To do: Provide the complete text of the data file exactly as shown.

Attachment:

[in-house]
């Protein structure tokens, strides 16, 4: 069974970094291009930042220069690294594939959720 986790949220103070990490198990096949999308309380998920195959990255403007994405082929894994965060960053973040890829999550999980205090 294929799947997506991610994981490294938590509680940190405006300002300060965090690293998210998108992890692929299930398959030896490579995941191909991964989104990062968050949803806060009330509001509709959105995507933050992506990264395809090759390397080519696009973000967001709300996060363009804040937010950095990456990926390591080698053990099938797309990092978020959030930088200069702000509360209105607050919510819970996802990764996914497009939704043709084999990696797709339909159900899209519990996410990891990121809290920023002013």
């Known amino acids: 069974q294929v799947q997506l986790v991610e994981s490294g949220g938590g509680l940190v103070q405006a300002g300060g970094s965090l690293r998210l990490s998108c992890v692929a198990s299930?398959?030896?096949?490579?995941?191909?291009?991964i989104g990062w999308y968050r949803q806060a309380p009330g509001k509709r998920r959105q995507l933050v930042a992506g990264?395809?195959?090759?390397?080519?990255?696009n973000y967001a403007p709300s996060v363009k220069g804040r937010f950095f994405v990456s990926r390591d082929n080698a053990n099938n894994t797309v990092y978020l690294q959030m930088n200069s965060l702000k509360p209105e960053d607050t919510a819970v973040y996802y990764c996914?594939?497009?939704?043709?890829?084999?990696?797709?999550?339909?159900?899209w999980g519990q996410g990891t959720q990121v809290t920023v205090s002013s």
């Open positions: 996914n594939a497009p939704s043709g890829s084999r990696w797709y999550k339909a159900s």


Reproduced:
[in-house]
């Protein structure tokens, strides 16, 4: 069974970094291009930042220069690294594939959720 986790949220103070990490198990096949999308309380998920195959990255403007994405082929894994965060960053973040890829999550999980205090 294929799947997506991610994981490294938590509680940190405006300002300060965090690293998210998108992890692929299930398959030896490579995941191909991964989104990062968050949803806060009330509001509709959105995507933050992506990264395809090759390397080519696009973000967001709300996060363009804040937010950095990456990926390591080698053990099938797309990092978020959030930088200069702000509360209105607050919510819970996802990764996914497009939704043709084999990696797709339909159900899209519990996410990891990121809290920023002013």
């Known amino acids: 069974q294929v799947q997506l986790v991610e994981s490294g949220g938590g509680l940190v103070q405006a300002g300060g970094s965090l690293r998210l990490s998108c992890v692929a198990s299930?398959?030896?096949?490579?995941?191909?291009?991964i989104g990062w999308y968050r949803q806060a309380p009330g509001k509709r998920r959105q995507l933050v930042a992506g990264?395809?195959?090759?390397?080519?990255?696009n973000y967001a403007p709300s996060v363009k220069g804040r937010f950095f994405v990456s990926r390591d082929n080698a053990n099938n894994t797309v990092y978020l690294q959030m930088n200069s965060l702000k509360p209105e960053d607050t919510a819970v973040y996802y990764c996914?594939?497009?939704?043709?890829?084999?990696?797709?999550?339909?159900?899209w999980g519990q996410g990891t959720q990121v809290t920023v205090s002013s």
């Open positions: 996914n594939a497009p939704s043709g890829s084999r990696w797709y999550k339909a159900s």